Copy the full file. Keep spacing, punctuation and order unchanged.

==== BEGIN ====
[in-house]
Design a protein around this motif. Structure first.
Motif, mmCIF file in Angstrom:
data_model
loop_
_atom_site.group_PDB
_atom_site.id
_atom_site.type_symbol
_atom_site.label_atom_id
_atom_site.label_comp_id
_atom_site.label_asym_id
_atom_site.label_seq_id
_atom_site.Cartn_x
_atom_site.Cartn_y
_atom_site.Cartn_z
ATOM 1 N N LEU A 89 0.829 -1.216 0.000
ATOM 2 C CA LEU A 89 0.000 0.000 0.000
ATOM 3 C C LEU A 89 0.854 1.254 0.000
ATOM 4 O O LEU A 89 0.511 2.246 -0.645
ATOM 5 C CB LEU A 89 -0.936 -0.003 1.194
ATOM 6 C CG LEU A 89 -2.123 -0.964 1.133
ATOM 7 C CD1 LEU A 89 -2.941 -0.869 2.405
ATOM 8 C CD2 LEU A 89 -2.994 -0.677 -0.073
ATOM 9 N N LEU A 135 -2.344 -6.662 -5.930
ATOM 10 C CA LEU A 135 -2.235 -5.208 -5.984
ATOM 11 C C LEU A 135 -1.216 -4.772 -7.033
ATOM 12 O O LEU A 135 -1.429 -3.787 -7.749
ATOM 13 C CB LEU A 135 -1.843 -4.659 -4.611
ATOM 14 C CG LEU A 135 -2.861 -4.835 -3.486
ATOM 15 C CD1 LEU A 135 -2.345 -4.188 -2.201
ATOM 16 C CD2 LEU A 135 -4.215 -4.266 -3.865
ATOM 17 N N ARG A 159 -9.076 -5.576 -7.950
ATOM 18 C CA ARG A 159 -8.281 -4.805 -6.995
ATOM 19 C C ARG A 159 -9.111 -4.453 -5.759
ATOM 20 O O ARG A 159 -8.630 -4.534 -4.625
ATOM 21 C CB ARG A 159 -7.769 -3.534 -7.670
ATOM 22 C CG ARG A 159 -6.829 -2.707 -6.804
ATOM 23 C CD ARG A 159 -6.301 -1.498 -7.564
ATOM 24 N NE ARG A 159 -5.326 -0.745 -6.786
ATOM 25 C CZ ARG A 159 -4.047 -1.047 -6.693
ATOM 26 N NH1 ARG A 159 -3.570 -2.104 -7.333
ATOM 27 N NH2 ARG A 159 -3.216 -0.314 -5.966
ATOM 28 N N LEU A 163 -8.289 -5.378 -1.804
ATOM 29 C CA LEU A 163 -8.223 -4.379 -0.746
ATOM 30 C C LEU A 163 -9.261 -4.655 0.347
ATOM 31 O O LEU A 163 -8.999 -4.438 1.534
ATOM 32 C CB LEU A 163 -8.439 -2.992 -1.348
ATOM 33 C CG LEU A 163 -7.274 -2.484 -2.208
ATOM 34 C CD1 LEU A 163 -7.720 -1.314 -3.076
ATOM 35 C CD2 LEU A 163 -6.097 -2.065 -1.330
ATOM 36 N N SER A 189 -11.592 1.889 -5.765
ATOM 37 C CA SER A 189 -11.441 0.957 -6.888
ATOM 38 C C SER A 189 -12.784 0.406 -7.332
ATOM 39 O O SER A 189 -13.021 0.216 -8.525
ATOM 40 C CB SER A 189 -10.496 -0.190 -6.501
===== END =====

[in-house]
Design a protein around this motif. Structure first.
Motif, mmCIF file in Angstrom:
data_model
loop_
_atom_site.group_PDB
_atom_site.id
_atom_site.type_symbol
_atom_site.label_atom_id
_atom_site.label_comp_id
_atom_site.label_asym_id
_atom_site.label_seq_id
_atom_site.Cartn_x
_atom_site.Cartn_y
_atom_site.Cartn_z
ATOM 1 N N LEU A 89 0.829 -1.216 0.000
ATOM 2 C CA LEU A 89 0.000 0.000 0.000
ATOM 3 C C LEU A 89 0.854 1.254 0.000
ATOM 4 O O LEU A 89 0.511 2.246 -0.645
ATOM 5 C CB LEU A 89 -0.936 -0.003 1.194
ATOM 6 C CG LEU A 89 -2.123 -0.964 1.133
ATOM 7 C CD1 LEU A 89 -2.941 -0.869 2.405
ATOM 8 C CD2 LEU A 89 -2.994 -0.677 -0.073
ATOM 9 N N LEU A 135 -2.344 -6.662 -5.930
ATOM 10 C CA LEU A 135 -2.235 -5.208 -5.984
ATOM 11 C C LEU A 135 -1.216 -4.772 -7.033
ATOM 12 O O LEU A 135 -1.429 -3.787 -7.749
ATOM 13 C CB LEU A 135 -1.843 -4.659 -4.611
ATOM 14 C CG LEU A 135 -2.861 -4.835 -3.486
ATOM 15 C CD1 LEU A 135 -2.345 -4.188 -2.201
ATOM 16 C CD2 LEU A 135 -4.215 -4.266 -3.865
ATOM 17 N N ARG A 159 -9.076 -5.576 -7.950
ATOM 18 C CA ARG A 159 -8.281 -4.805 -6.995
ATOM 19 C C ARG A 159 -9.111 -4.453 -5.759
ATOM 20 O O ARG A 159 -8.630 -4.534 -4.625
ATOM 21 C CB ARG A 159 -7.769 -3.534 -7.670
ATOM 22 C CG ARG A 159 -6.829 -2.707 -6.804
ATOM 23 C CD ARG A 159 -6.301 -1.498 -7.564
ATOM 24 N NE ARG A 159 -5.326 -0.745 -6.786
ATOM 25 C CZ ARG A 159 -4.047 -1.047 -6.693
ATOM 26 N NH1 ARG A 159 -3.570 -2.104 -7.333
ATOM 27 N NH2 ARG A 159 -3.216 -0.314 -5.966
ATOM 28 N N LEU A 163 -8.289 -5.378 -1.804
ATOM 29 C CA LEU A 163 -8.223 -4.379 -0.746
ATOM 30 C C LEU A 163 -9.261 -4.655 0.347
ATOM 31 O O LEU A 163 -8.999 -4.438 1.534
ATOM 32 C CB LEU A 163 -8.439 -2.992 -1.348
ATOM 33 C CG LEU A 163 -7.274 -2.484 -2.208
ATOM 34 C CD1 LEU A 163 -7.720 -1.314 -3.076
ATOM 35 C CD2 LEU A 163 -6.097 -2.065 -1.330
ATOM 36 N N SER A 189 -11.592 1.889 -5.765
ATOM 37 C CA SER A 189 -11.441 0.957 -6.888
ATOM 38 C C SER A 189 -12.784 0.406 -7.332
ATOM 39 O O SER A 189 -13.021 0.216 -8.525
ATOM 40 C CB SER A 189 -10.496 -0.190 -6.501